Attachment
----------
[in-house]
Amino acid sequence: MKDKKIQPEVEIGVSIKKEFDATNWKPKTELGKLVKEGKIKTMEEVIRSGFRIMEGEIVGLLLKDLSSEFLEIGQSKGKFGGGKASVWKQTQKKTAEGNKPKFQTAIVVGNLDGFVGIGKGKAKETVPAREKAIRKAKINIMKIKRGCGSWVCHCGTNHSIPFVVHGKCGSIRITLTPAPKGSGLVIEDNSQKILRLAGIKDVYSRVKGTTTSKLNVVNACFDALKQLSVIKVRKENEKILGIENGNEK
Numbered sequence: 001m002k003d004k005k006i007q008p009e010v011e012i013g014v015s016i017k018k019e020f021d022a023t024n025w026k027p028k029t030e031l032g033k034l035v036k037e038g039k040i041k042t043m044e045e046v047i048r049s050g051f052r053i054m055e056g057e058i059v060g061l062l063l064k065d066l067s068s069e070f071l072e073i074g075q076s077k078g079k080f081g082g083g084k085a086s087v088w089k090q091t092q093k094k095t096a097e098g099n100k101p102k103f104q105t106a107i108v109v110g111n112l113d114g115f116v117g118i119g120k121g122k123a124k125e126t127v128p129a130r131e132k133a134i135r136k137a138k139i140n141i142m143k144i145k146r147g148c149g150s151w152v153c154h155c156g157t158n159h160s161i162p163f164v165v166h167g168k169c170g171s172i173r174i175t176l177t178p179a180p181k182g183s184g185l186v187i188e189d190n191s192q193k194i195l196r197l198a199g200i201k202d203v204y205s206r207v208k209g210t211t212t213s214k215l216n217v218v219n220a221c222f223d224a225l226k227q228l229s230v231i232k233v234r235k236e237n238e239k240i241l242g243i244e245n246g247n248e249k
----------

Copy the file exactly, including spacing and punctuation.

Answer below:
[in-house]
Amino acid sequence: MKDKKIQPEVEIGVSIKKEFDATNWKPKTELGKLVKEGKIKTMEEVIRSGFRIMEGEIVGLLLKDLSSEFLEIGQSKGKFGGGKASVWKQTQKKTAEGNKPKFQTAIVVGNLDGFVGIGKGKAKETVPAREKAIRKAKINIMKIKRGCGSWVCHCGTNHSIPFVVHGKCGSIRITLTPAPKGSGLVIEDNSQKILRLAGIKDVYSRVKGTTTSKLNVVNACFDALKQLSVIKVRKENEKILGIENGNEK
Numbered sequence: 001m002k003d004k005k006i007q008p009e010v011e012i013g014v015s016i017k018k019e020f021d022a023t024n025w026k027p028k029t030e031l032g033k034l035v036k037e038g039k040i041k042t043m044e045e046v047i048r049s050g051f052r053i054m055e056g057e058i059v060g061l062l063l064k065d066l067s068s069e070f071l072e073i074g075q076s077k078g079k080f081g082g083g084k085a086s087v088w089k090q091t092q093k094k095t096a097e098g099n100k101p102k103f104q105t106a107i108v109v110g111n112l113d114g115f116v117g118i119g120k121g122k123a124k125e126t127v128p129a130r131e132k133a134i135r136k137a138k139i140n141i142m143k144i145k146r147g148c149g150s151w152v153c154h155c156g157t158n159h160s161i162p163f164v165v166h167g168k169c170g171s172i173r174i175t176l177t178p179a180p181k182g183s184g185l186v187i188e189d190n191s192q193k194i195l196r197l198a199g200i201k202d203v204y205s206r207v208k209g210t211t212t213s214k215l216n217v218v219n220a221c222f223d224a225l226k227q228l229s230v231i232k233v234r235k236e237n238e239k240i241l242g243i244e245n246g247n248e249k